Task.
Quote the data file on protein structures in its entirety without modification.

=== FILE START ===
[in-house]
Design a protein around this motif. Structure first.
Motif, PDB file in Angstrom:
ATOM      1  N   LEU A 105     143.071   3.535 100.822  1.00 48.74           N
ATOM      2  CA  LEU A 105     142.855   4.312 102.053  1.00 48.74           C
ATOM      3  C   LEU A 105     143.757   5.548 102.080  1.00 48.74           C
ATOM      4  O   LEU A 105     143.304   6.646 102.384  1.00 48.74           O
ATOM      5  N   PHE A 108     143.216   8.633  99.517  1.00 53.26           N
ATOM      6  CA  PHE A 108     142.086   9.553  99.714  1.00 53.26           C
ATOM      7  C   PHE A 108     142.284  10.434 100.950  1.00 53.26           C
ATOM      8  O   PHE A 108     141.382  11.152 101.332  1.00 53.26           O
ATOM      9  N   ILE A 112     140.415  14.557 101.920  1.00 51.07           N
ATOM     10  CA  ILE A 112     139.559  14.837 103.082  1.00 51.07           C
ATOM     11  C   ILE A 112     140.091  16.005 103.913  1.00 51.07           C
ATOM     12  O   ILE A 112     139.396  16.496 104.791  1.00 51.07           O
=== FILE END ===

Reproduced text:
[in-house]
Design a protein around this motif. Structure first.
Motif, PDB file in Angstrom:
ATOM      1  N   LEU A 105     143.071   3.535 100.822  1.00 48.74           N
ATOM      2  CA  LEU A 105     142.855   4.312 102.053  1.00 48.74           C
ATOM      3  C   LEU A 105     143.757   5.548 102.080  1.00 48.74           C
ATOM      4  O   LEU A 105     143.304   6.646 102.384  1.00 48.74           O
ATOM      5  N   PHE A 108     143.216   8.633  99.517  1.00 53.26           N
ATOM      6  CA  PHE A 108     142.086   9.553  99.714  1.00 53.26           C
ATOM      7  C   PHE A 108     142.284  10.434 100.950  1.00 53.26           C
ATOM      8  O   PHE A 108     141.382  11.152 101.332  1.00 53.26           O
ATOM      9  N   ILE A 112     140.415  14.557 101.920  1.00 51.07           N
ATOM     10  CA  ILE A 112     139.559  14.837 103.082  1.00 51.07           C
ATOM     11  C   ILE A 112     140.091  16.005 103.913  1.00 51.07           C
ATOM     12  O   ILE A 112     139.396  16.496 104.791  1.00 51.07           O